We Need To Talk About Howie
Howie Hill is one of the most creative and multi-talented people I’ve met in 30+ years of covering the music industry. He can play just about any instrument you throw at him (I’m sure he could get a tune out of a washing machine if you asked him to). As a photographer, he’s covered the big music festivals, and his pics have become prized possessions by private collectors.
Howie Hill has just released his latest album ‘Glass Ghosts’. It’s a beautifully constructed album of piano music. If Beethoven were still alive he’d certainly approve, and probably go away and re-write ‘Für Elise’. ‘Glass Ghosts’ is wonderfully mellow, and is the sort of music they should play at the United Nations building in New York – with a sign saying: “Just chill people”.
Makeit-Loud.com caught up with Howie Hill over a virtual cup of tea:
MI-L: You’re a multi-talented musician, what drew you to keyboards?
HH: What first got me into music was playing guitar when I was about 10 and that’s where the music bug got me, and has just consumed my life since. As I got into my teens I started to learn more instruments such as bass, banjo, cello and then mainly focusing on drums, which is what I studied at Leeds Music College.
It’s always super fun playing drums, but piano was something I had always wanted to try from a young age and dabbled with in the past. But, it was only really when I got to about 27/28 that I actually gave it a proper shot and have been super obsessed since. The main factor for it taking over was being able to compose. Film has always played an integral part in my life, and I take so much inspiration from other composers as well directors and really try and create a whole scene in my mind when I’m creating.
MI-L: Where did the inspiration come from for your latest album?
HH: I had actually had the 6 songs written for about 18 months but with moving about a lot and life just getting in the way they kind of just sat there so I finally took a few weeks to work on them and get them finished. A big inspiration for me have always been musicians like Arvo Pärt, Joep Beving and Hildur Guðnadóttir, the emotionality and minimalist approach to music is something that definitely grabs my attention as I really like music that has intention rather than just pure technicality and speed. As soon as I finish one thing I’ll pretty much have something else lined up as well, because I tend to write music and collectively see what works and then group things together, rather than setting out to write an entire album.
MI-L: How has music helped you during lockdown?
HH: I don’t think I would have got through it without being able to create. Despite the negative situation for so many (one that could have easily dragged my mental health down as well) I really tried to take the time to be as creative as possible and just work on music solidly every day, but also not rush anything as I knew I had the time to delve into it. As with any creative process you hit a wall sometimes and look back and start to think if what you created was any good, which is something that happened a couple times, but when that happens I will leave something alone for months at a time then come back to it and pick it up again.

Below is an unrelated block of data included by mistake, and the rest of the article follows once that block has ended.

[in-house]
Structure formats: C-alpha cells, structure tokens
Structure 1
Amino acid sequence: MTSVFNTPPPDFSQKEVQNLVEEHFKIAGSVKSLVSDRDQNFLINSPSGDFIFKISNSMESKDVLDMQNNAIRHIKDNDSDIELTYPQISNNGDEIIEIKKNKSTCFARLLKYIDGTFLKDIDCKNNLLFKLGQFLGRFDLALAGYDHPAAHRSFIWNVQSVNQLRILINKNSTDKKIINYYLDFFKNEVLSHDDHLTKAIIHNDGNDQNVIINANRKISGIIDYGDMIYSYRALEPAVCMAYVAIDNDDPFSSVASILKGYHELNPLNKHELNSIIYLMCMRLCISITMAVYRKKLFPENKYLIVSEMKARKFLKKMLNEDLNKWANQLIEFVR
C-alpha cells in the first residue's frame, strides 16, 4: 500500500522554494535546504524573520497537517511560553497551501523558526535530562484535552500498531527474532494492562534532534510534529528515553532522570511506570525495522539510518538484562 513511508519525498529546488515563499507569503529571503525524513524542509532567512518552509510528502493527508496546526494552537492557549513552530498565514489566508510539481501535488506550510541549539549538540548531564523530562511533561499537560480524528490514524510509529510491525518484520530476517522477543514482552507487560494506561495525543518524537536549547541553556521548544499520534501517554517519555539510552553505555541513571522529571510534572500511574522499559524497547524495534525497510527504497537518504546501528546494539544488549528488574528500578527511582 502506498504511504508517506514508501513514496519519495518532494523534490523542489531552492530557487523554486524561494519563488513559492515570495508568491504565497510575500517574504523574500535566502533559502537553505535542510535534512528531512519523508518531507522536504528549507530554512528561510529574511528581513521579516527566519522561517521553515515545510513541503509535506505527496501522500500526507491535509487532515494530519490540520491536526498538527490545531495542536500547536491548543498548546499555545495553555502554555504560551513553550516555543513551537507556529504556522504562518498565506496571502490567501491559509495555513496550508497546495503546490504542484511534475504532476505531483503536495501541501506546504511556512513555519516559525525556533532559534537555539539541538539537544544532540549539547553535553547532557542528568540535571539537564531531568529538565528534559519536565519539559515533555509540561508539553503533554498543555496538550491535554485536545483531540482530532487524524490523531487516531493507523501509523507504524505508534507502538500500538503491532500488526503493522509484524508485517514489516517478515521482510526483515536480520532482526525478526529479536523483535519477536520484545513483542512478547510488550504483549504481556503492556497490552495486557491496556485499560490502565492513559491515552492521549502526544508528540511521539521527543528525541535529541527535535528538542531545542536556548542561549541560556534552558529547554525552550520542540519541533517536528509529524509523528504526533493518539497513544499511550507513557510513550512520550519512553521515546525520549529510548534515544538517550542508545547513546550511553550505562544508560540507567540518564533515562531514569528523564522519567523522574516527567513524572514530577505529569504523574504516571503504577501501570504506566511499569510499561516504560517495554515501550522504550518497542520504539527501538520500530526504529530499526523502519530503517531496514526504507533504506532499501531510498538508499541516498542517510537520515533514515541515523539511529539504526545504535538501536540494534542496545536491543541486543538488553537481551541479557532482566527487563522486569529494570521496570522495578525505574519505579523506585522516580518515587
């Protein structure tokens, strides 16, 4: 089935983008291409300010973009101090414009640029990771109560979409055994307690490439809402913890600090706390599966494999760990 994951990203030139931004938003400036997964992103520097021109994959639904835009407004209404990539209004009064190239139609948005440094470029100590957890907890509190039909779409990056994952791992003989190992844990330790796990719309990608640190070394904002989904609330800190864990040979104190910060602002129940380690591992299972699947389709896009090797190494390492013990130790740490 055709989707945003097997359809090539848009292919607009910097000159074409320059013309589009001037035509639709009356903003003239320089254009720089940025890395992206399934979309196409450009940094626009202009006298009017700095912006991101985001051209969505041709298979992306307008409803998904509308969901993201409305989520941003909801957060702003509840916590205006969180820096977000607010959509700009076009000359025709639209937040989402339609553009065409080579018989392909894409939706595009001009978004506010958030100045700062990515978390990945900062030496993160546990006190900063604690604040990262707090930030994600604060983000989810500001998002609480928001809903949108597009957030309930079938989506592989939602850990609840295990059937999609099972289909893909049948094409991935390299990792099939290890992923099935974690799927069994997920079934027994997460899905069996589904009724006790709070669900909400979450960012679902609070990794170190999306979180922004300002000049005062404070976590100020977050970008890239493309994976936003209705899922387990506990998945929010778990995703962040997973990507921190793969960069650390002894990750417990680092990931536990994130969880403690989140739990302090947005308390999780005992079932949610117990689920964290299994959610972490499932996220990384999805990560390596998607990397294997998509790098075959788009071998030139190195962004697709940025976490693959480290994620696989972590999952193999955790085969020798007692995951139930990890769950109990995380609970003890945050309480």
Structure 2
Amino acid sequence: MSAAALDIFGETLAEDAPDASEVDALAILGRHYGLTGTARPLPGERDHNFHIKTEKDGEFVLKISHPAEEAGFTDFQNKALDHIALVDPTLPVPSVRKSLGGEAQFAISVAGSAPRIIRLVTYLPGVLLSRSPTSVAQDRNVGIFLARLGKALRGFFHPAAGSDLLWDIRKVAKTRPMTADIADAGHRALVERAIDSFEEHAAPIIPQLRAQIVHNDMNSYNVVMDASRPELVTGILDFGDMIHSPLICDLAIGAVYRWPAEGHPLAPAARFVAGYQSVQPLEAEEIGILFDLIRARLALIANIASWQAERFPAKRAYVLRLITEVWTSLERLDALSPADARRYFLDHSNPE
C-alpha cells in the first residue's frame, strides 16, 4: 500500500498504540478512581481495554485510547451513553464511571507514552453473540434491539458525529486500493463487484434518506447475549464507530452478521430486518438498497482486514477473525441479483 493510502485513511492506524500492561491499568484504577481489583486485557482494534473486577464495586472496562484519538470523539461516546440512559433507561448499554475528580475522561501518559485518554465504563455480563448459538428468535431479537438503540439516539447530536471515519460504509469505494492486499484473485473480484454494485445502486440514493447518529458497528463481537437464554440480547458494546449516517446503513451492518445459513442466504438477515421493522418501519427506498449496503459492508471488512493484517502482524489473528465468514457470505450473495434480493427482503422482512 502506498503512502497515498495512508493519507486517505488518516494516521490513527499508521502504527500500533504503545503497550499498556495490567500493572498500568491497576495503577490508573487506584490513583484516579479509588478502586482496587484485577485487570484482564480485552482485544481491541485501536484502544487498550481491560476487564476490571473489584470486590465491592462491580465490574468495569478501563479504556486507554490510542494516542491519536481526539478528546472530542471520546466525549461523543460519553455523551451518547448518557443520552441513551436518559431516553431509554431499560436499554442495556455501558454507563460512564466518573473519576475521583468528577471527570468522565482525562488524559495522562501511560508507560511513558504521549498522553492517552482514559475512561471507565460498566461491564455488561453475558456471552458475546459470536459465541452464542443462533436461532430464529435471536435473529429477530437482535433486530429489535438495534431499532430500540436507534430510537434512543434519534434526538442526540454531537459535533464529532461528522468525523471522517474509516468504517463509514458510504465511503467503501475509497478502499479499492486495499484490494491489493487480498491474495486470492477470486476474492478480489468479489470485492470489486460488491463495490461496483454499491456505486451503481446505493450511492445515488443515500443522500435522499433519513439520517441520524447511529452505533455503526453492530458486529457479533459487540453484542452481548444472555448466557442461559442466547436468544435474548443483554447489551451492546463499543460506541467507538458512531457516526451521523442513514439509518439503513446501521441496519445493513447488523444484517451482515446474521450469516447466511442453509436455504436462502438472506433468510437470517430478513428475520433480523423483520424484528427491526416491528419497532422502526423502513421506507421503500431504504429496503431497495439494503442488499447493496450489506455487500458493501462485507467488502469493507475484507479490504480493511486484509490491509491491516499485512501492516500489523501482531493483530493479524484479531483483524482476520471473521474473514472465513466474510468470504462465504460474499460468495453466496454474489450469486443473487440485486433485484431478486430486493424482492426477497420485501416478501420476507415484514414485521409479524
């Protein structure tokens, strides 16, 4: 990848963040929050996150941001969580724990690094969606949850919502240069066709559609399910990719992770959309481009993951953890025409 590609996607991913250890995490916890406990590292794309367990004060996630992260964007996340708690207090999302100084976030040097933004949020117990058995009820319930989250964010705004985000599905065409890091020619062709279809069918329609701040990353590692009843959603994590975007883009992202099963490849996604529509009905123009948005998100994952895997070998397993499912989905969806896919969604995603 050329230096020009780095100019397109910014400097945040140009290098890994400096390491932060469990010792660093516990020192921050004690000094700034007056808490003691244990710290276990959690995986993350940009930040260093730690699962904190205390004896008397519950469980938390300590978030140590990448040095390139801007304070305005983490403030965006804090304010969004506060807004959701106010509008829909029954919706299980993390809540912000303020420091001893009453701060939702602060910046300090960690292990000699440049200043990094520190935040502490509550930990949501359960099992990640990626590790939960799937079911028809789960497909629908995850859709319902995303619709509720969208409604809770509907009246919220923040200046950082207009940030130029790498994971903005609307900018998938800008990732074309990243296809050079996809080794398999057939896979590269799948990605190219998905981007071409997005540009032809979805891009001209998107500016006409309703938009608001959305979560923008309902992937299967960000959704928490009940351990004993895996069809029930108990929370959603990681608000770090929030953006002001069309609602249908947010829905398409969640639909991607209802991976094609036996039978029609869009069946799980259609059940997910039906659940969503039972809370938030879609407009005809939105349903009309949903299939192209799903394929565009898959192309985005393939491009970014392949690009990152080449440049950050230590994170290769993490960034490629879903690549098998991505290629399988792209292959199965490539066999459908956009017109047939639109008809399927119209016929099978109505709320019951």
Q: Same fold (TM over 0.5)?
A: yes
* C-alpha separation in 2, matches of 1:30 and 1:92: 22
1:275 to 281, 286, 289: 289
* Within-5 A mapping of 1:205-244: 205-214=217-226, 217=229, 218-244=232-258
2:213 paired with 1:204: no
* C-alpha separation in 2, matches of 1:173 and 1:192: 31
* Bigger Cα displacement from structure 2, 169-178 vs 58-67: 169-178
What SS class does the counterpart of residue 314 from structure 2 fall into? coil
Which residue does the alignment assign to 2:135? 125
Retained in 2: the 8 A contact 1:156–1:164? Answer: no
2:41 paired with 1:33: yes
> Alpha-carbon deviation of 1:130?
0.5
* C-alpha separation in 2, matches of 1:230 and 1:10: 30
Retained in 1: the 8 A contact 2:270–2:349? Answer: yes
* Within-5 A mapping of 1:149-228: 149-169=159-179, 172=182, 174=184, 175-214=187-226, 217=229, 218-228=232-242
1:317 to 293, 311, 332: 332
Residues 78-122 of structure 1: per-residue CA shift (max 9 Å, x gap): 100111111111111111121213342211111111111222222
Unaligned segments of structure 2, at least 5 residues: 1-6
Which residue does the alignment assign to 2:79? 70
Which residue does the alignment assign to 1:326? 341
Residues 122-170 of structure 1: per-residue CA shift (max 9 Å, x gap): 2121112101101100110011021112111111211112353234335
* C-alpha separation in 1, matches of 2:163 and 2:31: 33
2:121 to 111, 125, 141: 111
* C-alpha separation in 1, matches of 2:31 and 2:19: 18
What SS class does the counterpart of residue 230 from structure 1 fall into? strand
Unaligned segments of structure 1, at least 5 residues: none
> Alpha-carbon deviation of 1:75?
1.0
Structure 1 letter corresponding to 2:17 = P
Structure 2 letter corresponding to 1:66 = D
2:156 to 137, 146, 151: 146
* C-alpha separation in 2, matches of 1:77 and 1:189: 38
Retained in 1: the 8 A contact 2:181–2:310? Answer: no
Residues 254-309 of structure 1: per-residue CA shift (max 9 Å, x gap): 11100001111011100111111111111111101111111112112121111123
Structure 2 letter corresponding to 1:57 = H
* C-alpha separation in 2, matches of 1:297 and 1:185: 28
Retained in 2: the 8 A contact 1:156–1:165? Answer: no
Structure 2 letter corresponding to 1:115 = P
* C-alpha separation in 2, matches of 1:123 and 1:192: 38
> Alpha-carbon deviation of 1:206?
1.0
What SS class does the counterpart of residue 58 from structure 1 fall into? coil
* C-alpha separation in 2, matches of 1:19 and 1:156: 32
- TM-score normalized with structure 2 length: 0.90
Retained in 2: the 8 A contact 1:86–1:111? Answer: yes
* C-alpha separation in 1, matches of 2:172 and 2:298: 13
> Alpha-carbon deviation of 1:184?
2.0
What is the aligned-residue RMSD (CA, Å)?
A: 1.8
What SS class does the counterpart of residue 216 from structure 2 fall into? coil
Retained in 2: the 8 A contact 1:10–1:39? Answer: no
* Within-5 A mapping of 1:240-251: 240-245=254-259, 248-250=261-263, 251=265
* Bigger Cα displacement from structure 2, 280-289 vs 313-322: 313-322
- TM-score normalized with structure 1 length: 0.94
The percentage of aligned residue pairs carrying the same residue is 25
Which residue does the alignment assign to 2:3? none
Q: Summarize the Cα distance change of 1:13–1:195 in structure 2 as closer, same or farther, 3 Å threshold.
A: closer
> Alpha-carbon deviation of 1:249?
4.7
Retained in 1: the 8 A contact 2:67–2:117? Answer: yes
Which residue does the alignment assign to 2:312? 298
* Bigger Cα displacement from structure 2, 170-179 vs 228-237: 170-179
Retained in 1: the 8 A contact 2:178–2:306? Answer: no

MI-L: You have a musical alter-ego in Quartz Tiger, how did that come about?
HH: Yeah I write under a few different names in various styles. Quartz Tiger came about because I’m quite the fan of sci-fi films and the soundtracks that come with it, so I thought I’d give the synth/retro wave genre a go and what’s not to like about big heavy warm arpeggiated analog synths with lots of ambient textures? I’ve also been working a project called Astro Waves which is more world inspired lo-fi beat tape sort of thing, which is what I tend to write when I need to refresh my brain a bit from writing other music as it’s so chilled and nice to work. The other is called Dark Gamma, that’s real down tempo (60bpm on a couple of tracks) kinda mixed with future garage in parts, proper bass heavy, dirty noises, ambient vibes. I haven’t put that out yet, but as mentioned earlier I’m taking a break from listening to it and I’ll go back to see if all still works.
MI-L: You’re also an accomplished music festival photographer, do you see a link between your photography and musicianship?
HH: I first started out my music photography journey at house gigs that used to be put on in Leeds by my house mate and despite being the smallest, sweatiest, loudest rooms with the walls shaking, they definitely had to be some of the most fun ones and it caught my attention of the raw power of music and how it can make you feel.
So, after that I really set out to try and capture striking imagery of music really focusing on portraiture rather than this huge fish eye style images, as they just didn’t capture my imagination. I wanted to see that one person in the moment and how it moved them. I’d say a 50mm lens has spent about 90% of the time on my camera even at huge festivals, just means you have to get up close and personal. I have been lucky enough that it has taken me all through-out the UK and abroad getting to see some of the biggest bands and festivals out there. There are times I would definitely come back from a show and just be really inspired to create.